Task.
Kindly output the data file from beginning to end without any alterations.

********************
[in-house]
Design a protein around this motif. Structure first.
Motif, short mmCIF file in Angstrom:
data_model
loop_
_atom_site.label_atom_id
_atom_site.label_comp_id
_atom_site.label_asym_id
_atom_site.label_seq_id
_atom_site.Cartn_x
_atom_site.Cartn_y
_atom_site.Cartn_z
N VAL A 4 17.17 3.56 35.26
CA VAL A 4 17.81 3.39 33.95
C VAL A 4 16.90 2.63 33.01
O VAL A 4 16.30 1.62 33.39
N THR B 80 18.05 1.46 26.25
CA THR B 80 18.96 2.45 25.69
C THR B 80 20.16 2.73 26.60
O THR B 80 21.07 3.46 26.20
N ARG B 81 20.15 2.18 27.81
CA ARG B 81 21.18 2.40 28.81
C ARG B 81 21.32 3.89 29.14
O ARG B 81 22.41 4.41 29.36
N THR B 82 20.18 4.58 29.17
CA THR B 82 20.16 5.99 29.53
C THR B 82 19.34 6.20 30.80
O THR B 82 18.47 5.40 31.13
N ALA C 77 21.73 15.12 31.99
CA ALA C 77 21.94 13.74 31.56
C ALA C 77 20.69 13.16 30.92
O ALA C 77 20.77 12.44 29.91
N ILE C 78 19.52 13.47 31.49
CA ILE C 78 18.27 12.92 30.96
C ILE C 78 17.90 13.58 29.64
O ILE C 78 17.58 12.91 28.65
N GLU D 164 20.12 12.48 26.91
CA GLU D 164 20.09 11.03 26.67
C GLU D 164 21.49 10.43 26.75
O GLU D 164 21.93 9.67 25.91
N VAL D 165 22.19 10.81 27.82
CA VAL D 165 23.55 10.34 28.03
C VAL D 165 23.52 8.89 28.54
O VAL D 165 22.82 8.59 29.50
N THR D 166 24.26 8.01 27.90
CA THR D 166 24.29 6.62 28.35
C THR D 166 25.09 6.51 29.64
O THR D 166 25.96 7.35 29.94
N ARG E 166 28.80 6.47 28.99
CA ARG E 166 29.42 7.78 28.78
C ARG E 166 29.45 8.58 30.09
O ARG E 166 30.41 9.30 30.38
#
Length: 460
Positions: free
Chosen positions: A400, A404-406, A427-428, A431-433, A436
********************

[in-house]
Design a protein around this motif. Structure first.
Motif, short mmCIF file in Angstrom:
data_model
loop_
_atom_site.label_atom_id
_atom_site.label_comp_id
_atom_site.label_asym_id
_atom_site.label_seq_id
_atom_site.Cartn_x
_atom_site.Cartn_y
_atom_site.Cartn_z
N VAL A 4 17.17 3.56 35.26
CA VAL A 4 17.81 3.39 33.95
C VAL A 4 16.90 2.63 33.01
O VAL A 4 16.30 1.62 33.39
N THR B 80 18.05 1.46 26.25
CA THR B 80 18.96 2.45 25.69
C THR B 80 20.16 2.73 26.60
O THR B 80 21.07 3.46 26.20
N ARG B 81 20.15 2.18 27.81
CA ARG B 81 21.18 2.40 28.81
C ARG B 81 21.32 3.89 29.14
O ARG B 81 22.41 4.41 29.36
N THR B 82 20.18 4.58 29.17
CA THR B 82 20.16 5.99 29.53
C THR B 82 19.34 6.20 30.80
O THR B 82 18.47 5.40 31.13
N ALA C 77 21.73 15.12 31.99
CA ALA C 77 21.94 13.74 31.56
C ALA C 77 20.69 13.16 30.92
O ALA C 77 20.77 12.44 29.91
N ILE C 78 19.52 13.47 31.49
CA ILE C 78 18.27 12.92 30.96
C ILE C 78 17.90 13.58 29.64
O ILE C 78 17.58 12.91 28.65
N GLU D 164 20.12 12.48 26.91
CA GLU D 164 20.09 11.03 26.67
C GLU D 164 21.49 10.43 26.75
O GLU D 164 21.93 9.67 25.91
N VAL D 165 22.19 10.81 27.82
CA VAL D 165 23.55 10.34 28.03
C VAL D 165 23.52 8.89 28.54
O VAL D 165 22.82 8.59 29.50
N THR D 166 24.26 8.01 27.90
CA THR D 166 24.29 6.62 28.35
C THR D 166 25.09 6.51 29.64
O THR D 166 25.96 7.35 29.94
N ARG E 166 28.80 6.47 28.99
CA ARG E 166 29.42 7.78 28.78
C ARG E 166 29.45 8.58 30.09
O ARG E 166 30.41 9.30 30.38
#
Length: 460
Positions: free
Chosen positions: A400, A404-406, A427-428, A431-433, A436